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Norfolk is well known for its steely homes and rare wildlife, as well as having more ponds than any other UK county, but estates in the area are now searching for ancient ‘ghost ponds’ to help revive centuries-old seeds and discover long-lost plants.
The Guardian reports that seeds are able to survive for centuries under the layers of leaves and mud and botanists believe that once they are given water and sunlight, it will lead to new plant discoveries as they grow once again.
Six plants of the endangered wetland flower grass-poly have already been discovered at the edge of an old cattle watering pond in North Norfolk, which has to been seen in the county in over 100 years.
According to studies by University College London, Norfolk lost around 8,000 ponds after the 1950s, and there are now around 23,000.
The lost ‘ghost ponds’ have been revealing lost plants, and have demonstrated that it is easier and quicker to restore lost ponds than it is to develop new ones, and that biodiversity quickly returns to rediscovered ponds.
Jake Fiennes, the estate manager at Holkham Hall, called in experts to study the plants in newly flooded wetlands and studied old maps to find the ghost ponds on the estate.
“We are going through a process, trying to find the maps, where you can identify where these ghost ponds are,” he said.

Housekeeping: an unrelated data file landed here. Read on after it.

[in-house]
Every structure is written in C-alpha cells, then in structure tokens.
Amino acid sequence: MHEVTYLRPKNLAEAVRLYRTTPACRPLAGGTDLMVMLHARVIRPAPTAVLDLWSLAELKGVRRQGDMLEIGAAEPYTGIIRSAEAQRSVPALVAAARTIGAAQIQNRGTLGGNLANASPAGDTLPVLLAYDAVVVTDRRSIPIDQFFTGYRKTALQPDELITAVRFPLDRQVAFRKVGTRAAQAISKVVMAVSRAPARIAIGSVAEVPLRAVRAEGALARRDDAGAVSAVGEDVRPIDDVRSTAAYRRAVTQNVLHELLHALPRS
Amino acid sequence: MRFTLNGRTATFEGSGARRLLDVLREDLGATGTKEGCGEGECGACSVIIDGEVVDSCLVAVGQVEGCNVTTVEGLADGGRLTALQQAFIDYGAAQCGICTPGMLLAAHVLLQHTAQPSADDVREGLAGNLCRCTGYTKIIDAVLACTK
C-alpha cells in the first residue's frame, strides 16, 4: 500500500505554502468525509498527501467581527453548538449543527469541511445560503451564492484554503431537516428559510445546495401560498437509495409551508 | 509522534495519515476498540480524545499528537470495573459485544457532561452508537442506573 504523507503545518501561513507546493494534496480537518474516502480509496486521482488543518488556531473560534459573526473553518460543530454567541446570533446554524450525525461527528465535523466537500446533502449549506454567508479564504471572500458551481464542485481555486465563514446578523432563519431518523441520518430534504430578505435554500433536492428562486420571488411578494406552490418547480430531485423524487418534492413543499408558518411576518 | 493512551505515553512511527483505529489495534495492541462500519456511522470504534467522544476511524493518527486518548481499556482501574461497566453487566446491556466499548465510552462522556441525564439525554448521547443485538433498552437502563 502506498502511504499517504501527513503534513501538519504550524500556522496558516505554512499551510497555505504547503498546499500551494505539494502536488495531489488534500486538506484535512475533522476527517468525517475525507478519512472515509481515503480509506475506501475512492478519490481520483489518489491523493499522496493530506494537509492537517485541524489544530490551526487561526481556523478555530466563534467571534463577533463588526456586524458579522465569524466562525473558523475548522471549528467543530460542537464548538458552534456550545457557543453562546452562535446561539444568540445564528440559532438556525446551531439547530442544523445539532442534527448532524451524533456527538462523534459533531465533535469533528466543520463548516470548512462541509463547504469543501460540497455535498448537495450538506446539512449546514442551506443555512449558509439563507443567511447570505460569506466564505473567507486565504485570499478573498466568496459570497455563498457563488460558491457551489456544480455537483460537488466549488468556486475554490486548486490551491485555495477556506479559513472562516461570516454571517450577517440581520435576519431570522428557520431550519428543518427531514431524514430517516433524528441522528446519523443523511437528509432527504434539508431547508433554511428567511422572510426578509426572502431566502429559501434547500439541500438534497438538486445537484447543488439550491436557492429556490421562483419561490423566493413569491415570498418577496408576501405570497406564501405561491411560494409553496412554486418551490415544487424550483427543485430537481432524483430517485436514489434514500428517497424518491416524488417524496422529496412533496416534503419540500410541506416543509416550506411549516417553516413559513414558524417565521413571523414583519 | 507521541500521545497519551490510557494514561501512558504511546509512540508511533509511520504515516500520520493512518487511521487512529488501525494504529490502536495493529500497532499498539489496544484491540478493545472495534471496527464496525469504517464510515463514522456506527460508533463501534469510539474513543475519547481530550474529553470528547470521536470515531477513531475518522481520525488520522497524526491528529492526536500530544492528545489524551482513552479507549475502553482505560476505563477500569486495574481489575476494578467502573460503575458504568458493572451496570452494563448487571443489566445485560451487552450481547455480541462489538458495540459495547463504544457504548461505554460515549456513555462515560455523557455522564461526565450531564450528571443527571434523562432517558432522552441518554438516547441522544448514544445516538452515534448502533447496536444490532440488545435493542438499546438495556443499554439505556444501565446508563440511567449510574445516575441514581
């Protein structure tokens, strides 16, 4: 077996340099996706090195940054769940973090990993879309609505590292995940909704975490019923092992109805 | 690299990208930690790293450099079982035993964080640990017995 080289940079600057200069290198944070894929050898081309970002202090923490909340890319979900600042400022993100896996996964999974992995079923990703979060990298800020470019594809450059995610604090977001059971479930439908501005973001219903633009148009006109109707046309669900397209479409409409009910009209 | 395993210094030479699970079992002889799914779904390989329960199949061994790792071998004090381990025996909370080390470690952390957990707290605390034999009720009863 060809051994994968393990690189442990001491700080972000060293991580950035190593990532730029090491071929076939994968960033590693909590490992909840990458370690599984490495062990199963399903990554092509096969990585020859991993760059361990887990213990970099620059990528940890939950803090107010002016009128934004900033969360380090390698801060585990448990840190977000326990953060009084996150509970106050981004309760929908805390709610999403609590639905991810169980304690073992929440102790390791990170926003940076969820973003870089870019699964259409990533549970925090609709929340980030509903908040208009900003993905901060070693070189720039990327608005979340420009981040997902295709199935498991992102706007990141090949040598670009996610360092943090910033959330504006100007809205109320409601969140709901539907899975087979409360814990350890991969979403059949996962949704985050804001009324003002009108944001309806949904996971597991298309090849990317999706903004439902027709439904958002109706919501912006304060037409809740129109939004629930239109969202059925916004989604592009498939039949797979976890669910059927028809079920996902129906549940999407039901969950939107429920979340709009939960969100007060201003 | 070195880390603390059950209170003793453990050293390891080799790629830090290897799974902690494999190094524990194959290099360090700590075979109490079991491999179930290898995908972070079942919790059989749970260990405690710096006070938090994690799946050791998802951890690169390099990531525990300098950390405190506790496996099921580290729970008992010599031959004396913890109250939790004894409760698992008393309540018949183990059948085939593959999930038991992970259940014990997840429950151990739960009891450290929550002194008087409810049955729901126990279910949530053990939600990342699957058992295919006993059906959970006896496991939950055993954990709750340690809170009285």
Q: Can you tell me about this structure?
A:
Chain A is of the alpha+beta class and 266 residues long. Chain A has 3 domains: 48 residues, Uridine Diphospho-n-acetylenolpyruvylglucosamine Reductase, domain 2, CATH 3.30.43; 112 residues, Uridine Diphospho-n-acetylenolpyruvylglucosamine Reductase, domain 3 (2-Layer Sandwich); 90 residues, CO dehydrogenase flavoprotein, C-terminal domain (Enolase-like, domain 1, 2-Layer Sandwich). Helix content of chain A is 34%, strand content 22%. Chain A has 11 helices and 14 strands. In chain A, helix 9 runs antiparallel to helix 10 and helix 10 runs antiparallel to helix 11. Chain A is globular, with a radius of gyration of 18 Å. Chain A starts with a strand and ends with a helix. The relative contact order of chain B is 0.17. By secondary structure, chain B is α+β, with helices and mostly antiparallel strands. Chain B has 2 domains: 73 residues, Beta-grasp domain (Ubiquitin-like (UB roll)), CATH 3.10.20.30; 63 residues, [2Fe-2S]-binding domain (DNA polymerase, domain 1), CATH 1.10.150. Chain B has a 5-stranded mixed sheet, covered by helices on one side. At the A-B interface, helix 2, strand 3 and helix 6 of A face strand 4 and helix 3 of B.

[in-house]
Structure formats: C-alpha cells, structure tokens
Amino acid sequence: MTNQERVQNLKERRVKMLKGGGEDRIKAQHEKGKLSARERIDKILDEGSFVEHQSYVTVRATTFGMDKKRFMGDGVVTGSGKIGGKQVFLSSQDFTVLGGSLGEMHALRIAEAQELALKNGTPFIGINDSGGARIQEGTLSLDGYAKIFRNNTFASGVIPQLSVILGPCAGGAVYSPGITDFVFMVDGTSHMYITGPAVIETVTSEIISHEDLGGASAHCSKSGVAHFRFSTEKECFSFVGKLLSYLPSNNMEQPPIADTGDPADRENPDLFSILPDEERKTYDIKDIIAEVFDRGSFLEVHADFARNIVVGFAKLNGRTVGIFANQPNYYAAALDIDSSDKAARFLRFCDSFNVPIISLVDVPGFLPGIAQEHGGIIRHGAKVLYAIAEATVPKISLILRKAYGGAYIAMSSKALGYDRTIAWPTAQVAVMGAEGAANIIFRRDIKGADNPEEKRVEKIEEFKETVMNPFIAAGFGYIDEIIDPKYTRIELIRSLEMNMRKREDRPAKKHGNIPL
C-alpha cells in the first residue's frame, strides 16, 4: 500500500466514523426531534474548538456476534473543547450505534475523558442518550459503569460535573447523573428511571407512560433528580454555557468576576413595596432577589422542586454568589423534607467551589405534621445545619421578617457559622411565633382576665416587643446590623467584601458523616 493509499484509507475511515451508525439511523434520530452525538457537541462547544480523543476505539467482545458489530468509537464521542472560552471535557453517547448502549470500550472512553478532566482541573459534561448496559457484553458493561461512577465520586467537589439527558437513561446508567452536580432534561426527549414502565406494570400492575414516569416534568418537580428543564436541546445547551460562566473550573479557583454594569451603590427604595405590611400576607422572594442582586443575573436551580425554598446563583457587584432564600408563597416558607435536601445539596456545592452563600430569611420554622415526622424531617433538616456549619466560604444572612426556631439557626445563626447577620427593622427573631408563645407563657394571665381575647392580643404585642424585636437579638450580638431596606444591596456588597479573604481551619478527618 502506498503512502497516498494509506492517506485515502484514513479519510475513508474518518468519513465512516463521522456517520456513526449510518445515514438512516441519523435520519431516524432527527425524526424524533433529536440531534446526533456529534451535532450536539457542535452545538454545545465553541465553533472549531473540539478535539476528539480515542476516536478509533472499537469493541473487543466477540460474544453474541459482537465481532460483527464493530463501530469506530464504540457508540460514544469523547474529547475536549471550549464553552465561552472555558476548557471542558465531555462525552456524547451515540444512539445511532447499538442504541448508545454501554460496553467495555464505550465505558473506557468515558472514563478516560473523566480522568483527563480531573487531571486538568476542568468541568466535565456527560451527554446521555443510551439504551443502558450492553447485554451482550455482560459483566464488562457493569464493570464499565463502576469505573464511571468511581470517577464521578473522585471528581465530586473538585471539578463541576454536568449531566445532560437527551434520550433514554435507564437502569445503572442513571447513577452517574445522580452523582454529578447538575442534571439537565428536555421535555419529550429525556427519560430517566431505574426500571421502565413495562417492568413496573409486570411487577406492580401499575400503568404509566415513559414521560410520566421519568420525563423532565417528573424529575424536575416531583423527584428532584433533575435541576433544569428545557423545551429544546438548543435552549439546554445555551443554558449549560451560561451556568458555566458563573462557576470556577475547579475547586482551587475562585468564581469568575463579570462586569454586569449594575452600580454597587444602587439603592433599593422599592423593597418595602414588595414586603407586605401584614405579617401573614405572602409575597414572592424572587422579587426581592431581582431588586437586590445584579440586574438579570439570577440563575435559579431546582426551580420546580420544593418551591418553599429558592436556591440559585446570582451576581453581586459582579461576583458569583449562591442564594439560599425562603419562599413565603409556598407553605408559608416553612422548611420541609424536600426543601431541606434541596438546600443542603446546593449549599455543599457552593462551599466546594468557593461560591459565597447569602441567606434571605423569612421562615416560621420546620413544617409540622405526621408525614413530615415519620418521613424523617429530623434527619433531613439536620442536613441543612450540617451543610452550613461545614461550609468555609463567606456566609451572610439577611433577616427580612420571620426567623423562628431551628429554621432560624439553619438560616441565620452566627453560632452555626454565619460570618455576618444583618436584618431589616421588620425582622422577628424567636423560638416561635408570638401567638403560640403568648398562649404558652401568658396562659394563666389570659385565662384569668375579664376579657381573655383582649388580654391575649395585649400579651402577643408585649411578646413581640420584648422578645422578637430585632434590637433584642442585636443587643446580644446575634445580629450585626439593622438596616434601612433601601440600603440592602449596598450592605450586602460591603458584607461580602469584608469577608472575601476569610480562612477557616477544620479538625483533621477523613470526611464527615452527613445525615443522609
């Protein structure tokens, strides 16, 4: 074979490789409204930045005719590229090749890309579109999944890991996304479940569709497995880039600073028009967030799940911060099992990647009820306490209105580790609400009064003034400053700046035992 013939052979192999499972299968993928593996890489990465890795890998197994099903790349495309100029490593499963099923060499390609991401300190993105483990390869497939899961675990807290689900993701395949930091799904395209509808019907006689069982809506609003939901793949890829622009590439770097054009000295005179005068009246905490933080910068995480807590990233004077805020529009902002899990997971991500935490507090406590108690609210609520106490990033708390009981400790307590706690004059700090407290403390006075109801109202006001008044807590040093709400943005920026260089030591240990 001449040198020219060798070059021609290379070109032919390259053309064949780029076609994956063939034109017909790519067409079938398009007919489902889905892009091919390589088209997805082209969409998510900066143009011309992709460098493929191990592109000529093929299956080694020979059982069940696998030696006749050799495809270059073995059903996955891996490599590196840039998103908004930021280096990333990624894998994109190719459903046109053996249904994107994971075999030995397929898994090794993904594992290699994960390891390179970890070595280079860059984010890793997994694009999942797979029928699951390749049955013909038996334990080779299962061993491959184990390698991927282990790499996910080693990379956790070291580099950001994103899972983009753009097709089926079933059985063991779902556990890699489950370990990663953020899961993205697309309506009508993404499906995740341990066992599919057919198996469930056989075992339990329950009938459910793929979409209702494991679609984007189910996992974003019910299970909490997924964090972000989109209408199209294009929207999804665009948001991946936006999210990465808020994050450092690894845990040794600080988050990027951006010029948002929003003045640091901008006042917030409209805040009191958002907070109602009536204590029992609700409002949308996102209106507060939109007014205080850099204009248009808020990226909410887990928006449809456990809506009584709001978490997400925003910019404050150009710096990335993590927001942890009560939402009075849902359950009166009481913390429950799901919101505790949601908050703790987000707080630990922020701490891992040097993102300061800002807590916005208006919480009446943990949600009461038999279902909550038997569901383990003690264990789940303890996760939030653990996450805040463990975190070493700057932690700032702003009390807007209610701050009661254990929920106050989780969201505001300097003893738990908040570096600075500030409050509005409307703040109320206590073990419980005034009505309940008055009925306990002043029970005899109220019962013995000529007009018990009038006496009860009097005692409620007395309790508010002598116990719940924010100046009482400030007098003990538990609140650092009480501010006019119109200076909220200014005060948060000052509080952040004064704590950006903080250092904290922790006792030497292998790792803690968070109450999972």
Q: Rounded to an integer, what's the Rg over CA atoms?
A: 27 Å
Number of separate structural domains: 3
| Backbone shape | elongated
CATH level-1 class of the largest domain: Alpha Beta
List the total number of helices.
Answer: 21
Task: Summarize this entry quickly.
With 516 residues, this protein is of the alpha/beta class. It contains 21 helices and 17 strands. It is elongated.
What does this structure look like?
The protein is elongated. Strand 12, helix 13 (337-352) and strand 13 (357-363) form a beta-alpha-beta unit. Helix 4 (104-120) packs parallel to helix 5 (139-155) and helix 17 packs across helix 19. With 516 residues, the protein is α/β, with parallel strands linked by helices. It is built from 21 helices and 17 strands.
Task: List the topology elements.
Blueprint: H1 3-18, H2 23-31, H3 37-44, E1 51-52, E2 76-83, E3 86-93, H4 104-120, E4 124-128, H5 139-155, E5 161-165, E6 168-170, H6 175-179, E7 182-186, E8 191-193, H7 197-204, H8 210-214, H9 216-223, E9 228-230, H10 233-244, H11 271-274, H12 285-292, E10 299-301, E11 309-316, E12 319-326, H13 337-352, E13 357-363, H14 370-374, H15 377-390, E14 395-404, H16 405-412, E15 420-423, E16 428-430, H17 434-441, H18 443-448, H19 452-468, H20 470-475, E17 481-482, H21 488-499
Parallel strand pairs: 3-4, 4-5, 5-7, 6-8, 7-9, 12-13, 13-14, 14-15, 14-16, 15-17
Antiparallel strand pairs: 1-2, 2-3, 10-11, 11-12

“There are a few pockets [at Holkham] where you have natural springs, and it’s trying to see where in the past those areas were drained and filled in, and then how we can recreate some of these natural features that we’ve lost.”
He hopes that rare plants will be revived at the estate, and said that the resilience of aquatic seed banks is ‘phenomenal’ and that given the right conditions, seeds that have been hidden underground for decades can germinate.
The Prince of Wales has also committed to resting nature at Sandringham, which has joined initiatives with Natural England, along with neighbouring Wild Ken Hill estate.
A spokesperson for the estate said: “Sandringham Estate is always looking for opportunities to engage with local conservation efforts, and would welcome the chance to find out more about the Norfolk Pond Project.”
Dominic Buscall, the project manager at Wild Ken Hill, has been using Ordnance Survey maps to find lost ponds and said that rediscovered ponds are already developing into a ‘wonderful’ oasis for wildlife and that the estate is supporting the Norfolk Pond Project.
The National Trust has joined the hunt for ancient ponds at nearby Felbrigg Estate, a 17th-century manor, and has found six ponds which it hopes will attract aquatic wildlife and long-lost wetland plants, saying that the ponds are expected to be established faster than the new ponds being created.
“Ponds are vital parts of the waterscape providing aquatic habitats between rivers and lakes. By restoring and creating more ponds through the rural landscape we are able to create links between habitats, becoming more ‘joined up,” a spokesperson said.
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